Divestment and fossil fuels
With crucial international climate negotiations coming up in Paris in the Fall of 2015, the first ever Global Divestment Day took place on February 13-14, with activists and everyday people across six continents and 48 countries joining together in more than 300 events—including street theater, elaborate props, sit-ins, vigils, dancing, bicycle parades and social media blitzes—all in the name of calling on corporations, foundations, endowments and other institutions to divest from fossil-fuel industries in order to speed society’s transition to renewable, non-polluting sources of energy.
The climate movement has embraced divestment—that is, ditching stocks, bonds or investment funds deemed unethical or morally ambiguous—given how effective the tactic was in helping topple Apartheid in South Africa by shaming the companies still willing to do business there. Other successful divestment campaigns have targeted tobacco as well as companies doing business in the embattled nation of Darfur.
“The fossil fuel industry has our political process in shackles with its financial might,” says Fossil Free, the group that created and organizes Global Divestment Day. “But we are matching their financial might with a different kind of power… Through divestment, we are directly challenging the social license of these corporations who have become rogue entities seeking profits at the expense of people and planet.”
Global Divestment Day, the group argues, highlights a conflict that most politicians are loath to address: “If the world is to avoid catastrophic global warming, most known fossil fuel resources need to stay in the ground. Yet fossil fuel companies not only plan to extract and sell their existing reserves but are exploring ever more sensitive territory to find new ones, thus ruining any chance of securing a safe planet.”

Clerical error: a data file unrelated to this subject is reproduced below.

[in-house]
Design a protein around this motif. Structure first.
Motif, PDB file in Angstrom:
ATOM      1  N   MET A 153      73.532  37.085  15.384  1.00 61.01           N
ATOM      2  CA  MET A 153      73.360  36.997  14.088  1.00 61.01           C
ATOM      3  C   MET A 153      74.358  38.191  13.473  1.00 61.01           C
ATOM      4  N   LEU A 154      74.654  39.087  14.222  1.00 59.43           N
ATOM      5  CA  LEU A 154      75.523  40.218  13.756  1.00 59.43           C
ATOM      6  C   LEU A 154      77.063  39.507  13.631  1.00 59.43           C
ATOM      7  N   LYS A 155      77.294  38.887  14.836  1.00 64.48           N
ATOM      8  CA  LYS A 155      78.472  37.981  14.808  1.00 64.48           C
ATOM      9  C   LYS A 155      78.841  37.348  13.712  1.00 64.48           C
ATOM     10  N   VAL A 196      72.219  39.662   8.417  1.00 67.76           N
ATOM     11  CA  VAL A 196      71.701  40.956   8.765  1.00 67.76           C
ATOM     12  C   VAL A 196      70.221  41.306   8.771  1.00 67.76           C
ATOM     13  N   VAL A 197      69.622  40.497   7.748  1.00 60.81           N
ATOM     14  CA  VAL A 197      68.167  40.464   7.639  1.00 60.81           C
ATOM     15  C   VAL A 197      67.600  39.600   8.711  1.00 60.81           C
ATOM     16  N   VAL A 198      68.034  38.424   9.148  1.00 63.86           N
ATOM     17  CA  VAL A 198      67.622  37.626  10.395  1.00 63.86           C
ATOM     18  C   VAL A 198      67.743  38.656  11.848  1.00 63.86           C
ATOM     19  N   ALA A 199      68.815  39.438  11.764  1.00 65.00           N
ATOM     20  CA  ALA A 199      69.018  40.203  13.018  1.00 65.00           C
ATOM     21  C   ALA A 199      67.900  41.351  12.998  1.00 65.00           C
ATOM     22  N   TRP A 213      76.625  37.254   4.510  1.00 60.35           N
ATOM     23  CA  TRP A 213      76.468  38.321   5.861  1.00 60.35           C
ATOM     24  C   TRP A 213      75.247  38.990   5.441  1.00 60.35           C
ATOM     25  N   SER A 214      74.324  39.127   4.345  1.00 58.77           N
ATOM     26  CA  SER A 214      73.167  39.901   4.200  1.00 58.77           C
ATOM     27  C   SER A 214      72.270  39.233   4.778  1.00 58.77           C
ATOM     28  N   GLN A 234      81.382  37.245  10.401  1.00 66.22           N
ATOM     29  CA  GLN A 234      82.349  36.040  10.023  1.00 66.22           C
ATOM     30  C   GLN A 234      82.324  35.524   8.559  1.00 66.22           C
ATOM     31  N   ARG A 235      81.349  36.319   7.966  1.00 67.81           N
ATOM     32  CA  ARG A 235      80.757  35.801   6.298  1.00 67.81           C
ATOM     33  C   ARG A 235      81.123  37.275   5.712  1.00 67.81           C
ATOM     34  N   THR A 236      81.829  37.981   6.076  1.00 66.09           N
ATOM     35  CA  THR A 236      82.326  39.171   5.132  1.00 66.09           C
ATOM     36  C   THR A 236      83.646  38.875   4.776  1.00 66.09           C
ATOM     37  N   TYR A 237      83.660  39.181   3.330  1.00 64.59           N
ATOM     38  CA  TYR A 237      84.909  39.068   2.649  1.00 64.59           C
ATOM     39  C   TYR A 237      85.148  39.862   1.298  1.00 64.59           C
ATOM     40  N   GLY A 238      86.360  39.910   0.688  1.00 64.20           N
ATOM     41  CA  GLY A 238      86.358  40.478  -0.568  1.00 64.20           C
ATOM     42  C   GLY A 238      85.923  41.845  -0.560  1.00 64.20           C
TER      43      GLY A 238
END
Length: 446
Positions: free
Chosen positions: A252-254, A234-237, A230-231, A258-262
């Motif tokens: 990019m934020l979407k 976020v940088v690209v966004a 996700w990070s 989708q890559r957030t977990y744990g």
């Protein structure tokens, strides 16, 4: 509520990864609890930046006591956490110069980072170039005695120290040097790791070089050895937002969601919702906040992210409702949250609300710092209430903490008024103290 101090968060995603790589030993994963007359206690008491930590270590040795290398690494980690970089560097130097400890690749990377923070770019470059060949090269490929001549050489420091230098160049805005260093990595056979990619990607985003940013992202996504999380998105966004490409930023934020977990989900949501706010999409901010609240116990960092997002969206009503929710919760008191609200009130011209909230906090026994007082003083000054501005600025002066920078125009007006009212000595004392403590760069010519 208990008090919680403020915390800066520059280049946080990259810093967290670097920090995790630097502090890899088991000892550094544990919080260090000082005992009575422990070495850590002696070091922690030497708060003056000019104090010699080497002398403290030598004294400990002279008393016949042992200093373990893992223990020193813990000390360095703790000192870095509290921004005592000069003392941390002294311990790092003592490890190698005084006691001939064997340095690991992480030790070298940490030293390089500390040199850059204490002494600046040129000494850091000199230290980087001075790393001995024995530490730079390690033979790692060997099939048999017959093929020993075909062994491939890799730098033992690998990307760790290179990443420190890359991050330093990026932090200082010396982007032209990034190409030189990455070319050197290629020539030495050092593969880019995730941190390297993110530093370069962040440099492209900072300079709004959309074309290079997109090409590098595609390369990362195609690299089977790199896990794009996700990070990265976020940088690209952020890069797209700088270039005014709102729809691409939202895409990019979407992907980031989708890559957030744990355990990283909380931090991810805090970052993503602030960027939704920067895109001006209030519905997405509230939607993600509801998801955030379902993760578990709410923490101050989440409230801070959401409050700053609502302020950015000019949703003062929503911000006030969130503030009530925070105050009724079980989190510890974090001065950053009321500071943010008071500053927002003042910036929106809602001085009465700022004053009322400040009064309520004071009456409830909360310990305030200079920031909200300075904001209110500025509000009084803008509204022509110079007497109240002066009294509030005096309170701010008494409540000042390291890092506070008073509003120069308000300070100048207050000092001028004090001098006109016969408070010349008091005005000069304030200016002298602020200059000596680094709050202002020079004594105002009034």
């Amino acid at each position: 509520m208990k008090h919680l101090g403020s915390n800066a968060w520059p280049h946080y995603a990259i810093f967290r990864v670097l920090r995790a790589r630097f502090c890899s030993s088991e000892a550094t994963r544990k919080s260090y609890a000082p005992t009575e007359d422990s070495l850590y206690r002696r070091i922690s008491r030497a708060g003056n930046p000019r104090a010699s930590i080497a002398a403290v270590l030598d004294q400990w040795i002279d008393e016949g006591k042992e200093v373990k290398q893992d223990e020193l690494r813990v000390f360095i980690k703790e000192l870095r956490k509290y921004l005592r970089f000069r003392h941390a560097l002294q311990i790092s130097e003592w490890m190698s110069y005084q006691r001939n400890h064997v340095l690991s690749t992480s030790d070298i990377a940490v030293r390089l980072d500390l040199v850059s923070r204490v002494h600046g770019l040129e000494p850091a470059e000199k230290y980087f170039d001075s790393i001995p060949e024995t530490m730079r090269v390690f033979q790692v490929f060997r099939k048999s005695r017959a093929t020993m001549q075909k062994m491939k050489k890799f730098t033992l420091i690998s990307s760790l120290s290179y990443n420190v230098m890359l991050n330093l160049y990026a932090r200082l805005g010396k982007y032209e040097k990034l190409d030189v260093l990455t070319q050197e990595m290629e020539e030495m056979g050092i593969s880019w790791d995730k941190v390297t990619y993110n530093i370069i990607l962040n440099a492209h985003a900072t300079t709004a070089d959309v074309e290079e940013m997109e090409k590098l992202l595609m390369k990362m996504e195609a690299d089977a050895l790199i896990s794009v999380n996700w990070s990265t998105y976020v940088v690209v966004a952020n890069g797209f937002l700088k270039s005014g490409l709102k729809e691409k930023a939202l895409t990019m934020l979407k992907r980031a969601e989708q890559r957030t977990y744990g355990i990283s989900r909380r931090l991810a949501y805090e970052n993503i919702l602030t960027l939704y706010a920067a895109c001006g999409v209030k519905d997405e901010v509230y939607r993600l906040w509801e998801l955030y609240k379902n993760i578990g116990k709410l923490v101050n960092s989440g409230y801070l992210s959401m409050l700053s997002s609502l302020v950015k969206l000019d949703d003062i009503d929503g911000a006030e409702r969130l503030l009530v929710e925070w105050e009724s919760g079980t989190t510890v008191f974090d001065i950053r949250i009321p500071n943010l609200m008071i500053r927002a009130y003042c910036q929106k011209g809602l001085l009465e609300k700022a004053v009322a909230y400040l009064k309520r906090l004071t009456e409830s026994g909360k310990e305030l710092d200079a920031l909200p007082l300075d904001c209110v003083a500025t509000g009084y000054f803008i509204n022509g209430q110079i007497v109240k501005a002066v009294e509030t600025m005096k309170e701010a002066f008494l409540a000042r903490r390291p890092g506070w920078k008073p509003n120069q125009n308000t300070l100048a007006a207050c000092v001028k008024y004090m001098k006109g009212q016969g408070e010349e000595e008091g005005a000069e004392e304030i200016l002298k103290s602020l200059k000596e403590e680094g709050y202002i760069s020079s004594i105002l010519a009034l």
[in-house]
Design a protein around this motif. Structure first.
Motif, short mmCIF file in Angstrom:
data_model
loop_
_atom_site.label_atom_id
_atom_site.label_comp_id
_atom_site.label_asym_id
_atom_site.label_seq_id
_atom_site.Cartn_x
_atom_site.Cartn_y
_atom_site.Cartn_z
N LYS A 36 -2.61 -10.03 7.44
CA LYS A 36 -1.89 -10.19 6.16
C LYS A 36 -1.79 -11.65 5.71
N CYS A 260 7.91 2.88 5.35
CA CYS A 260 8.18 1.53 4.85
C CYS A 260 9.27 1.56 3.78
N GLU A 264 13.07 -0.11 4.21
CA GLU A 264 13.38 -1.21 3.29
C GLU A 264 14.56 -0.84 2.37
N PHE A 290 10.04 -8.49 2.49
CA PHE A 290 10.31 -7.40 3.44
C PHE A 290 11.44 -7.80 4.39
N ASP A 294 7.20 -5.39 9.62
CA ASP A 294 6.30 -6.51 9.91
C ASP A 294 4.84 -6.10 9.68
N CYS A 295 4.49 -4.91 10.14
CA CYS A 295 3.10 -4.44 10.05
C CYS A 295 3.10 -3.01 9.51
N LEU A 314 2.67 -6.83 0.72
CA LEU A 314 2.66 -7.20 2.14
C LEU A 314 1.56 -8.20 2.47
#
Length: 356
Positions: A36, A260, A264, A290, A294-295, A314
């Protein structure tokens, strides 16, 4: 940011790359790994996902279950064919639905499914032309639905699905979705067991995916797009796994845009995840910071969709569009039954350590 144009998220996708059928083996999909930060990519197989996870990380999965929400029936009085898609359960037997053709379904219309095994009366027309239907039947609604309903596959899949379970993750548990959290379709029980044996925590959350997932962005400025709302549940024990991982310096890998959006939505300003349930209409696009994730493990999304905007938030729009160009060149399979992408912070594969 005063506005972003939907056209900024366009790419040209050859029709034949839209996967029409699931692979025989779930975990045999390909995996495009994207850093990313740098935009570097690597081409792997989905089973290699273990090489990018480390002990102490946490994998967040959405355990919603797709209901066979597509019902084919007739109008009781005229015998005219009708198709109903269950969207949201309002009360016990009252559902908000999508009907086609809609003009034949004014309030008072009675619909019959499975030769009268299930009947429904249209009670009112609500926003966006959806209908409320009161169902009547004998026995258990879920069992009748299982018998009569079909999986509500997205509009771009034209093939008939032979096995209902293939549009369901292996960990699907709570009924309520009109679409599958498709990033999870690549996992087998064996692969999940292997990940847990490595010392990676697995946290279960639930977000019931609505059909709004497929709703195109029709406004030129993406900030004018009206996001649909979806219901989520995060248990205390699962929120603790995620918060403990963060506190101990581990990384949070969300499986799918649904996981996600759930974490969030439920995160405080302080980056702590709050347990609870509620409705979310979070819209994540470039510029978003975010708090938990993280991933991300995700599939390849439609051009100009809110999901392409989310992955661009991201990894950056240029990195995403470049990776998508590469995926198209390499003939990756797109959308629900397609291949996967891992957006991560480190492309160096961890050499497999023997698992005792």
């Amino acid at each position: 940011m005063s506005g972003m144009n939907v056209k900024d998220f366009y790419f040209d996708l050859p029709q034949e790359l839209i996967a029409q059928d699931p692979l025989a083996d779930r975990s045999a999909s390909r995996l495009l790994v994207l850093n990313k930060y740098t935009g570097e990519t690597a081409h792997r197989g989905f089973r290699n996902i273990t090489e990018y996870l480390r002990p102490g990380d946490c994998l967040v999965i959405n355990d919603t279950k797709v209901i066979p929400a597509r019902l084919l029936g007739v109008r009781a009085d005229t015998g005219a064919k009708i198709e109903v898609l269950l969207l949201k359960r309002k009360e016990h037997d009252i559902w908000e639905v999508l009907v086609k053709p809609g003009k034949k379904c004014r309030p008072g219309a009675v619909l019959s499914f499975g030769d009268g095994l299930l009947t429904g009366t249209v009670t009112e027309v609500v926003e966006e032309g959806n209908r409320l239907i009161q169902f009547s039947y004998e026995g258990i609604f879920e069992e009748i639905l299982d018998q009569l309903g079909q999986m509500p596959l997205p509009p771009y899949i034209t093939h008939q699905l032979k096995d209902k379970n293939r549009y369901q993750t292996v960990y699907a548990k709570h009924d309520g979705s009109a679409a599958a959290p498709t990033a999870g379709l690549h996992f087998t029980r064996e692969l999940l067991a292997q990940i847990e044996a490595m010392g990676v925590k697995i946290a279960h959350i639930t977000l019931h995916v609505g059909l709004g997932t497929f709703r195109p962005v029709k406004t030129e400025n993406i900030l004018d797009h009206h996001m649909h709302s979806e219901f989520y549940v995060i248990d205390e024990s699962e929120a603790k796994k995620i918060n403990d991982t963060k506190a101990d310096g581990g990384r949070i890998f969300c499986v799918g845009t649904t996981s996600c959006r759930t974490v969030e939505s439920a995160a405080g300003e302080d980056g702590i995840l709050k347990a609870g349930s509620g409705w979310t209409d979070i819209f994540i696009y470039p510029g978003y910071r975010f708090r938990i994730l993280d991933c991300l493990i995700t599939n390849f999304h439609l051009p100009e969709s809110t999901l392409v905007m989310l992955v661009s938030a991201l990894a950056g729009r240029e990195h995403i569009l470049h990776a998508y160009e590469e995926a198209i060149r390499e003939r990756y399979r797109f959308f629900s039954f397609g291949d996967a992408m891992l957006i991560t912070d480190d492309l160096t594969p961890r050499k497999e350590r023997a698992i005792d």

Fossil Free and other groups and individuals participating in Global Divestment Day are asking portfolio managers to stop adding new investments in fossil fuel companies and to sell off their holdings in the top 200 fossil fuel companies within five years. To date more than 200 institutions with combined assets topping $50 billion have signed on committing to divest in fossil fuels. Some of the heavy hitters so far include the Rockefeller Brothers Foundation, the British Medical Association, Stanford University and the World Council of Churches.
Meanwhile, a growing chorus of voices from the financial and investment communities agrees that divestment might be the quickest route to mitigating climate change. A senior investment analyst with European investor Axa IM told the Guardian that “moral issues” are playing a role in recent low oil prices “with the divestment movement steadily gaining traction amongst investors across the globe.”
Fossil Free points out that divestment isn’t so much an economic strategy as a moral and political one.
“Just like in the struggle for Civil Rights here in America or the fight to end Apartheid in South Africa,” the group reports, “the more we can make climate change a deeply moral issue, the more we will push society towards action.” The group adds that divestment also forces prominent institutions and individuals to choose sides, sparking public debate on the topics at stake and raising awareness for doing the right thing. “We need to make it clear that if it’s wrong to wreck the planet,” Fossil Free concludes, “it’s also wrong to profit from that wreckage.”
CONTACT: Fossil Free, www.gofossilfree.org.
EarthTalk® is produced by Doug Moss & Roddy Scheer and is a registered trademark of Earth Action Network Inc. View past columns at: www.earthtalk.org. Or e-mail us your question: firstname.lastname@example.org.